Washington state has sued budget hotel chain Motel 6, accusing it of illegally providing guest lists to U.S. immigration authorities.
Washington state Attorney General Bob Ferguson said that motel employees had disclosed the names of at least 9,150 guests to U.S. Immigration and Customs Enforcement (ICE) agents in violation of the state's consumer protection and anti-discrimination laws.
He said the motel also divulged birthdates, driver's license numbers, license plate numbers and room numbers, all without a warrant or the guests' knowledge or consent.
Ferguson said at least six Motel 6 locations in Washington state had engaged in the activity from June 2015 to May 2017.
He said Motel 6 knew ICE used the lists to target guests based on their national origin and to check whether any were wanted in connection with immigration issues. He said the disclosures led to the detentions of at least six people in Washington and noted the practices in the state mirrored those in Arizona, where media reports said in September that ICE had arrested 20 people at Motel 6 locations there after getting similar tips.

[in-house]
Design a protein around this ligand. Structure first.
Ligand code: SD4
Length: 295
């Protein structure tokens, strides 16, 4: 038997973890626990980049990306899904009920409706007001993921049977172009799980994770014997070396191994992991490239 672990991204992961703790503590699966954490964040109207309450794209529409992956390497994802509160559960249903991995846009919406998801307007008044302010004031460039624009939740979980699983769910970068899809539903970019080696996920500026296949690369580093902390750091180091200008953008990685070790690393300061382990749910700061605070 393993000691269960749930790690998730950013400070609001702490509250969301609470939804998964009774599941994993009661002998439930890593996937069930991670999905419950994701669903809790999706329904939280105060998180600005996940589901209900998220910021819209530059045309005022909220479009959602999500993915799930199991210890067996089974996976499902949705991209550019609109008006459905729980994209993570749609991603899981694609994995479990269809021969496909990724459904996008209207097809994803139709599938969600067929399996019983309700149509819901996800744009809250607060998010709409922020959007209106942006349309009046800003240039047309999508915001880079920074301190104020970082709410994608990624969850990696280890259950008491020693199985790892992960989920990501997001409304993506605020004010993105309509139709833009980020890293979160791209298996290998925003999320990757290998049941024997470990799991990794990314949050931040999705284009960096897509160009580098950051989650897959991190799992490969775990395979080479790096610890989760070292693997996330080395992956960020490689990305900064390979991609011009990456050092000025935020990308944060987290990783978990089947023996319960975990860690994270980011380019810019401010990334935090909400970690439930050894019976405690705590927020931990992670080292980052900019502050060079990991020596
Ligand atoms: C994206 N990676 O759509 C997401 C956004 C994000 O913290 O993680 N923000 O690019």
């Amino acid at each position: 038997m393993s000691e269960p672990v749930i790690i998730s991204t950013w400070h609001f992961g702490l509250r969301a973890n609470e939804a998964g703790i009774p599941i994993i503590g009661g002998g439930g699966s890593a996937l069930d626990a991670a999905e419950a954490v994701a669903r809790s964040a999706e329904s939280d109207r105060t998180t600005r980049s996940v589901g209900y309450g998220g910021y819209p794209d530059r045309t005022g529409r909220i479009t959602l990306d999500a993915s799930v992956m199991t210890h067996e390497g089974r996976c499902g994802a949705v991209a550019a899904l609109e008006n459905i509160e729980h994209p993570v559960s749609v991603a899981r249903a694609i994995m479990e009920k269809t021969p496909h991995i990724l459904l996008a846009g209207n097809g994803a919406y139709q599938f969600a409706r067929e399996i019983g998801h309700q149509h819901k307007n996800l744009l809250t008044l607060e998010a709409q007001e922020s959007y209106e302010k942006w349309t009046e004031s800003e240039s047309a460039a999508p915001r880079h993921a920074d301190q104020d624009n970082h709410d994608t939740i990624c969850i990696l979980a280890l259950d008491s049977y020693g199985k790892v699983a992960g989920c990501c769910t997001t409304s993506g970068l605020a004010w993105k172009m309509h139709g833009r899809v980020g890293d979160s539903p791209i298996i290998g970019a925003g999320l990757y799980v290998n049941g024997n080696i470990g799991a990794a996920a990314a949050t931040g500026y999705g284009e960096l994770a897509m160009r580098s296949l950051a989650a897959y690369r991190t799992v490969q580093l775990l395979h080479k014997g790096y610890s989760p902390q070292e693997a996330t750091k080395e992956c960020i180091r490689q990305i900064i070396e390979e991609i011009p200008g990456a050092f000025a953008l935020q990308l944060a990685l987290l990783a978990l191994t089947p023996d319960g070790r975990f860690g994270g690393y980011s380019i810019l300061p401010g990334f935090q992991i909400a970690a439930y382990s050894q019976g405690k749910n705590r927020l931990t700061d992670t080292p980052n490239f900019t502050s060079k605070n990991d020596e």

Local issue, chain said
At that time, Motel 6 said in a statement posted on Twitter that the practice was "implemented at the local level without the knowledge of senior management. When we became aware of it, it was discontinued."
"Motel 6 implied this was a local problem," Ferguson said in his statement. "We have found that is not true."
Motel 6's management company, G6 Hospitality, said this week that in September it ordered its more than 1,400 hotels in the United States and Canada to stop voluntarily giving guest lists to ICE agents.
"Motel 6 takes this matter very seriously, and we have and will continue to fully cooperate with the Office of the State Attorney General," the company said in a statement.
Motel 6 has been criticized in the past, notably by the American Civil Liberties Union, for sharing guest information with law enforcement agencies. In 2015, after a string of crimes at a Motel 6 in Rhode Island, the chain announced a change in policy that would allow its motels to share guest information with law enforcement.